Boreal Marduk

Boreal New Logo

11420 Marduk

Dave tries out the new mid range Boreal Marduk to see if they can imbue him with God like powers.

Performance ****

Fit ****

Value*****

Semi-asymmetric shoe with slightly down curved last shap. Comfortable and effective on any kind
of climb.

Marduk was a Babylonian God associated with magic and judgement. Boreal state that the shoe name has no connection with the god of magic, but I reckon anything helps!

The Boreal Marduk is a mid range climbing shoe that sits nicely in the upper end of the improver/intermediate performance range. They are designed to compete with the Scarpa Vapour, Evolv Pontas. They are definitely not a starter shoe as they are too performance shaped. I was given the choice of shoes to test and chose these as I thought they had a wide appeal to a range of climbers.

Stylewise, they are asymmetric with a slightly downturned toe section. They are velcro fastening and interesting have a non-split, mesh tongue. The colour is a striking blue with orange flashing with the logo and name displayed on the heel and toe. The heel is low cut and was very comfortable around the Achilles heel, I never had any problems there as the split leather was very soft and supple.

Boreal Marduk was great for trad climbing.

Boreal Marduk was great for trad climbing.

When I spoke to the team at Boreal I was advise to size small. My normal test size is a UK 7.5 or a 41.5 as my trainer size is a UK8 or 42. So we agreed on a size UK size 7 and they duly arrived. However, they were too small so they had to be sent back and replaced with my usual 7.5. This just goes to show that it is important to go to a specialist retailer and try any climbing shoes on or at least by two sizes online and send one pair back.

The fit of the Boreal Marduk was very precise with a tight toe box and well positioned heel. This allowed for a snug fit which was great for all the climbing activities on test. The sole was quite stiff when I first got them with the characteristic dome on the ball of the foot to help place the toes on the toe box. They have flattened out over the couple of months on test to develop into a great shape. The shoe is lined with a terry cotton like lining which had a great feel to them and help retain the shape and fit.

The toe shape was great for all styles of climbing and I have worn them teaching on VS routes to my personal climbing 7b+ as well as bouldering and lots of trad. They have performed very well in all these areas. They were not, however, an all day comfort shoe in the size tested. I could keep them on for two or three pitches, then after that they had to come off. They were also not overly comfortable to walk down in either. For instructing work I would like to have had a size UK8. A recent trip to the Ecrin had me having to slip the shoes off on belays. But they were fine, easy to get on and off and when the weather is that warm it’s always difficult to keep a shoe on all day – and performance wins over all day comfort.

Although the midsole was stiff, they performed well on smears.

Although the midsole was stiff, they performed well on smears.

One of the areas that Boreal consistently score well on test is in the heel and the Marduk didn’t disappoint. The heel was very comfortable and precise and didn’t budge an inch when heelhooking. There was no dead space at all and as I said earlier the soft, split leather and double heel tags meant that my Achilles heel was nice and comfy. The midsole was also very stiff, which made them great for edging. The stiffness has remained good throughout the test period.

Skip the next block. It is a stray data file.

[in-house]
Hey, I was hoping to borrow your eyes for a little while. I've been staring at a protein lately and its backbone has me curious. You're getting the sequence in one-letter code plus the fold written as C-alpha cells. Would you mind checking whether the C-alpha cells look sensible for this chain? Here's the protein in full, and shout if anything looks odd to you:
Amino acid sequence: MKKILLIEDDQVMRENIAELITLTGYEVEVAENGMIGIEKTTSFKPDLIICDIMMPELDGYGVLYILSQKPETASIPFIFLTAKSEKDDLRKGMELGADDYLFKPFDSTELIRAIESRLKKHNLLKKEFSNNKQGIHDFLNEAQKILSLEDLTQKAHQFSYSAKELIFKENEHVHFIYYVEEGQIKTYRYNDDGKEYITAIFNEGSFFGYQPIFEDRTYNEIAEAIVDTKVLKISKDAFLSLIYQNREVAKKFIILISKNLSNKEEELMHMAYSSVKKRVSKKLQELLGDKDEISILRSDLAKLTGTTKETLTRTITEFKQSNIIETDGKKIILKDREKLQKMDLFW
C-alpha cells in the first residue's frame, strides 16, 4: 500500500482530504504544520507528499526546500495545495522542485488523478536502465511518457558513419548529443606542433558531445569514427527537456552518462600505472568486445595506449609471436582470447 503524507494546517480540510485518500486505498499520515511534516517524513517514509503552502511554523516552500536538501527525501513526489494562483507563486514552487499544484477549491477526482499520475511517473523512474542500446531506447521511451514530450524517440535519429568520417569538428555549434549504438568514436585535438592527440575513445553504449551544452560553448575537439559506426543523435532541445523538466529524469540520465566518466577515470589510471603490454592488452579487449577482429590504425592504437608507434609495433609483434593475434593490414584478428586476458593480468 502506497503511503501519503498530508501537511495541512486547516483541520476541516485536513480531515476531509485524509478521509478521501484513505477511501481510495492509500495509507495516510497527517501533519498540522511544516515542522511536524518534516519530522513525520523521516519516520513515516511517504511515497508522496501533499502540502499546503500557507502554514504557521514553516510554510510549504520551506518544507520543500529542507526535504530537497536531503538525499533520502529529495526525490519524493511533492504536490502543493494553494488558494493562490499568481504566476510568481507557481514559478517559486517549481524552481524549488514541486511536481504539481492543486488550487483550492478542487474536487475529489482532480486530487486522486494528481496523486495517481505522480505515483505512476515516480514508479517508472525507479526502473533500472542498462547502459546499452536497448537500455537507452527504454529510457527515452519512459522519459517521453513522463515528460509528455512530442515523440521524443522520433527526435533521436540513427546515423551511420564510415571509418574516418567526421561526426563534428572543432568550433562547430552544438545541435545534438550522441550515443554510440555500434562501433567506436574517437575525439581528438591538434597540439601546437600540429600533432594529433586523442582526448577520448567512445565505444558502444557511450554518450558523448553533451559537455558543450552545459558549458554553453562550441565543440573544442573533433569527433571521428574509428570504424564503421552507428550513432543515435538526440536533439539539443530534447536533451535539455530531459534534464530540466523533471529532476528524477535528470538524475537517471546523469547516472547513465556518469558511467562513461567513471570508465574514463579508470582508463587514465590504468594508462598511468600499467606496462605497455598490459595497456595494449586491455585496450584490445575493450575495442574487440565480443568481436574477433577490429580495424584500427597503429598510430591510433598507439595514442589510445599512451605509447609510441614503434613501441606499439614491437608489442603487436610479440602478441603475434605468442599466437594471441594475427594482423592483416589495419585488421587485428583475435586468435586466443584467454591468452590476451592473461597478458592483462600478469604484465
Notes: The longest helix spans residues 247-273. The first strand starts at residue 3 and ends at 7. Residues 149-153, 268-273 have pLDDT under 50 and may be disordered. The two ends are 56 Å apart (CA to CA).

The Velcro fastenings were robust and easy to use and most importantly the right size so there was little excess to get in the way of nifty footwork. I did like the way the top strap was wider and helped offer a better fit. What I didn’t like so much was the mesh tongue. This was a one piece affair that had a tendency to crumple slightly when I needed to really cinch the shoe up. I feel it would have been better split, but I do understand that this can often cause even more problems with a thick strip going down the middle of the foot. It wasn’t too much of an issue except on really hot days (but to be honest the agonising pain in my toes countered anything else!). Once the shoe had worn in there were no real problems getting the shoe on and off and the soft mesh was comfortable and very breathable.

The Marduk was comfortable on big multi pitch routes.

The Marduk was comfortable on big multi pitch routes.

The rubber is the now established Zenith and is 4mm in thickness. I have always maintained that the market advantage for rubber has diminished over the years; escpecially in the mid grade range where comfort with a performance fit outweighs the friction advantage. The rubber however was excellent and provided good friction over a range of rock types. The Boreal Marduk even performed on the polished hell that is Malham Cove reasonably well and that is praise indeed! It is always worth remembering that if you feel the friction of your climbing shoes has become rubbish then wash the soles in hot soapy water to bring them back to pristine condition.

So, in conclusion, the Boreal Marduk is a great mid range performance shoe. It sit neatly in the new range of Boreal shoes and compares well with other shoes in the mid performance range such as the Scarpa Vapour. The price range is good and the quality is great. The colour is the calmest of the new range and I particularly liked the support from the stiffened sole, the heel and the comfort of the split leather heel.

Oh, of course, the Babylonian God like powers? I’m still working on that 🙂

Price £99.95

Stockists.

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